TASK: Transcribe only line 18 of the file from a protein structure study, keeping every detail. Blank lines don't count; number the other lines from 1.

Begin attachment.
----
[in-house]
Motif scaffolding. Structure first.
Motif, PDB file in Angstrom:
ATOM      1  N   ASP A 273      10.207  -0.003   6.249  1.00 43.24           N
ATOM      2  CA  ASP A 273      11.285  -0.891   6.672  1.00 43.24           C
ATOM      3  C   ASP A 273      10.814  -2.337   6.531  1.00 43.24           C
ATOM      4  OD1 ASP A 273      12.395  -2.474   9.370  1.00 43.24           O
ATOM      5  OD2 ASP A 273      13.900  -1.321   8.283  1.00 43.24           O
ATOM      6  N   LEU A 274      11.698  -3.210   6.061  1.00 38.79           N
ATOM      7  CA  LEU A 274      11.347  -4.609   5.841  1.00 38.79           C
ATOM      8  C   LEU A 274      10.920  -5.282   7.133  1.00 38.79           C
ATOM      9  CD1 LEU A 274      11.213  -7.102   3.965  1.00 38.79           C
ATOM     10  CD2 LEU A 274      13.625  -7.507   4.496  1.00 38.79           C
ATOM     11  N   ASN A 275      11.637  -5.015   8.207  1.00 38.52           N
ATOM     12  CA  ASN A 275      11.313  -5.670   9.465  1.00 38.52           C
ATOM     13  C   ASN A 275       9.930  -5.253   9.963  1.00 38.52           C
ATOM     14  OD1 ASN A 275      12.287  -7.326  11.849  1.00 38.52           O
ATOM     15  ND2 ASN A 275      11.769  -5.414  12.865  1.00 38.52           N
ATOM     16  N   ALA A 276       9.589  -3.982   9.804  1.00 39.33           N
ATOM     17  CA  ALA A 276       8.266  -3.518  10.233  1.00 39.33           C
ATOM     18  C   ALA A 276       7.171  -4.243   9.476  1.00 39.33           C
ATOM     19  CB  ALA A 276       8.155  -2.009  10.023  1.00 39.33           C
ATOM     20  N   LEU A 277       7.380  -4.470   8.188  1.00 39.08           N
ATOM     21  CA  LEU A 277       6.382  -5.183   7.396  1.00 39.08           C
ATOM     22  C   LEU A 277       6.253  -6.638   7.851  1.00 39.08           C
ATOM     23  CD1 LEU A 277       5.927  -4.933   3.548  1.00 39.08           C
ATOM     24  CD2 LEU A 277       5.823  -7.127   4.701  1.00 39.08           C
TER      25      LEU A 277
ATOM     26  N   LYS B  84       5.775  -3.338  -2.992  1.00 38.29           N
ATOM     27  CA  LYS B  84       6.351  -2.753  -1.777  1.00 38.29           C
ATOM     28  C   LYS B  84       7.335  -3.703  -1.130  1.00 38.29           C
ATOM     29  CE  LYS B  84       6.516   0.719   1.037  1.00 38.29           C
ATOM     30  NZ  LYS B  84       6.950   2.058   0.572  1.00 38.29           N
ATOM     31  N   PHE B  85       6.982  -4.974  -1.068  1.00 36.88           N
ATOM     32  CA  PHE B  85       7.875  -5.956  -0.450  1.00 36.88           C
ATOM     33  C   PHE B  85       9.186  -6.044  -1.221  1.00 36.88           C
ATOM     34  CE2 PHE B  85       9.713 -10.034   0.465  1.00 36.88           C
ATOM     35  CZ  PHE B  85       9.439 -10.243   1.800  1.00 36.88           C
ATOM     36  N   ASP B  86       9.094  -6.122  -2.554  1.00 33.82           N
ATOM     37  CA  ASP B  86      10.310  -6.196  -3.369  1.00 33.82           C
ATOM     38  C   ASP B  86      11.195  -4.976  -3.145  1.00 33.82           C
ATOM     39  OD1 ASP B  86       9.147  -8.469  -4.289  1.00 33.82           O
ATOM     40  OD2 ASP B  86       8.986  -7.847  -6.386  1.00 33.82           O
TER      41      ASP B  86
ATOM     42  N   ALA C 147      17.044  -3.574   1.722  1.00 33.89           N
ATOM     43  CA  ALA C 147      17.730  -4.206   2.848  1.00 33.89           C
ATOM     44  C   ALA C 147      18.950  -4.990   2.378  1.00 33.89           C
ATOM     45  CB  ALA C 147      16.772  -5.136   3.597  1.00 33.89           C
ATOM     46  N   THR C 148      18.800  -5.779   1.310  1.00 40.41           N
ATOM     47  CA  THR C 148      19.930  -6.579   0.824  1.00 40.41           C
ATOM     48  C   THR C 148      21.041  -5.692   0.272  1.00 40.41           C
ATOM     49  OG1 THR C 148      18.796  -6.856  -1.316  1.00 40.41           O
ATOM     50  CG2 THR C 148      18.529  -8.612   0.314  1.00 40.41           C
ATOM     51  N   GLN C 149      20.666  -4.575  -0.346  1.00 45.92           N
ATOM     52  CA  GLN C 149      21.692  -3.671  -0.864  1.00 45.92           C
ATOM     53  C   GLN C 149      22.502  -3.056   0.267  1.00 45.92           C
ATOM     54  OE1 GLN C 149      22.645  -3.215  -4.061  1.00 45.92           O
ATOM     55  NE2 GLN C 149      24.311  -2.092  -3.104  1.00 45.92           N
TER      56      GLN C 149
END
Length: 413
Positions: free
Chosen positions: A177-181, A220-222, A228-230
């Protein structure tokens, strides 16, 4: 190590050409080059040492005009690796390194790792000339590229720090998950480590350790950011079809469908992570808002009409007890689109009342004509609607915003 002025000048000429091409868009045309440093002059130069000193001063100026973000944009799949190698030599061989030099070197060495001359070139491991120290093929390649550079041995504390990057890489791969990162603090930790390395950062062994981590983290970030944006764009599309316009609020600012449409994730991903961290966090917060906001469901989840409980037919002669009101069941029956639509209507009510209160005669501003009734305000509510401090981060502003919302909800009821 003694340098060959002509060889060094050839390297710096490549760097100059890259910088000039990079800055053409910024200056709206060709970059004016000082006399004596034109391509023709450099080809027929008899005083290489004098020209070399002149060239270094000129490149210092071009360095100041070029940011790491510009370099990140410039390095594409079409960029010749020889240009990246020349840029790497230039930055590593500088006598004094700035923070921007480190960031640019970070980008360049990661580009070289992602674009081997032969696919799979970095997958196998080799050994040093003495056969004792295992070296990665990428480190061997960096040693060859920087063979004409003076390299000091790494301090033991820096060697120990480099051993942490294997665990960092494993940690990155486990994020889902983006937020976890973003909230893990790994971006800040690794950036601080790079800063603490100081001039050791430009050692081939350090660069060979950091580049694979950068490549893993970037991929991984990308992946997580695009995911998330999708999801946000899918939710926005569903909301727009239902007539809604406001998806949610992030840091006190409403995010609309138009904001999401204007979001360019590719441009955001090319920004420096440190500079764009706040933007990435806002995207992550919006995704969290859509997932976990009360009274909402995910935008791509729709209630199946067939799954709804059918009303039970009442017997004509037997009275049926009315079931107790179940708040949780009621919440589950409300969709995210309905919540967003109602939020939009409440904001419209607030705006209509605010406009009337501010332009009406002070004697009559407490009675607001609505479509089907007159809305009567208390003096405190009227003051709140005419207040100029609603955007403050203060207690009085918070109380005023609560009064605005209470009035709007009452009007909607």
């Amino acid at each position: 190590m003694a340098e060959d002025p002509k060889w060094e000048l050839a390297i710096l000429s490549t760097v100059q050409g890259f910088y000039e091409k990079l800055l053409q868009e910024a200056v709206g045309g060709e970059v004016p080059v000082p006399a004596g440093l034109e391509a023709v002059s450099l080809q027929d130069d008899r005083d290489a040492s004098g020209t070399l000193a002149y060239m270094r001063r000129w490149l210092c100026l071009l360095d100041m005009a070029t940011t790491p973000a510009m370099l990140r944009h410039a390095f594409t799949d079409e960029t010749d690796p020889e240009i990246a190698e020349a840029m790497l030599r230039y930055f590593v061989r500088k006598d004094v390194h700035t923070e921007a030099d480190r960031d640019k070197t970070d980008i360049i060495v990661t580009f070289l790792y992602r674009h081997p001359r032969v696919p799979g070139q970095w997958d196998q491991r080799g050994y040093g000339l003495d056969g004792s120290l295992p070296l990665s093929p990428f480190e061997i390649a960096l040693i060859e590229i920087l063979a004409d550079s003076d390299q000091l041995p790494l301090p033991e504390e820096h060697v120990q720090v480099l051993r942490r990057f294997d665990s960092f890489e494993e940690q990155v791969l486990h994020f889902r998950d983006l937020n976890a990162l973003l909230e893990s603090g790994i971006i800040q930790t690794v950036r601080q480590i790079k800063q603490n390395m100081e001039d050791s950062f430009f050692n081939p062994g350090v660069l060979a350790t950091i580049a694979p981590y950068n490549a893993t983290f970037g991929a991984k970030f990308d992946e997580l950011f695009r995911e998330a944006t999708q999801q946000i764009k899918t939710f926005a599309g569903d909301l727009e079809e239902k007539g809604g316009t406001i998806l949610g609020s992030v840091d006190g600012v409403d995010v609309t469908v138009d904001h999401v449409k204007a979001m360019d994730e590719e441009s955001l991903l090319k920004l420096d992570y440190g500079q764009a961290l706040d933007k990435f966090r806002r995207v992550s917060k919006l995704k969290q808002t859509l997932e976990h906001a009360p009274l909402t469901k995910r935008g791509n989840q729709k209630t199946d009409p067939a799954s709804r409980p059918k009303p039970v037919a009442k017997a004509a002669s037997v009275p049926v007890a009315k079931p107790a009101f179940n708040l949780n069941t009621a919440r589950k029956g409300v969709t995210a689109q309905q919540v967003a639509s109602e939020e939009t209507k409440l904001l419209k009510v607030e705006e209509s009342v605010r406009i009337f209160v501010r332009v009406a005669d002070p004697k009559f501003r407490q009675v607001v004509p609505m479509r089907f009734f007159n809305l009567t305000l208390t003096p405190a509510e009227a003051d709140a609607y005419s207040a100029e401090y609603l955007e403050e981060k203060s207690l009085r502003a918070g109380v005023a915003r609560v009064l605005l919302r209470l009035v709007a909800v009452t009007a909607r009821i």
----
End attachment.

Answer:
ATOM     15  ND2 ASN A 275      11.769  -5.414  12.865  1.00 38.52           N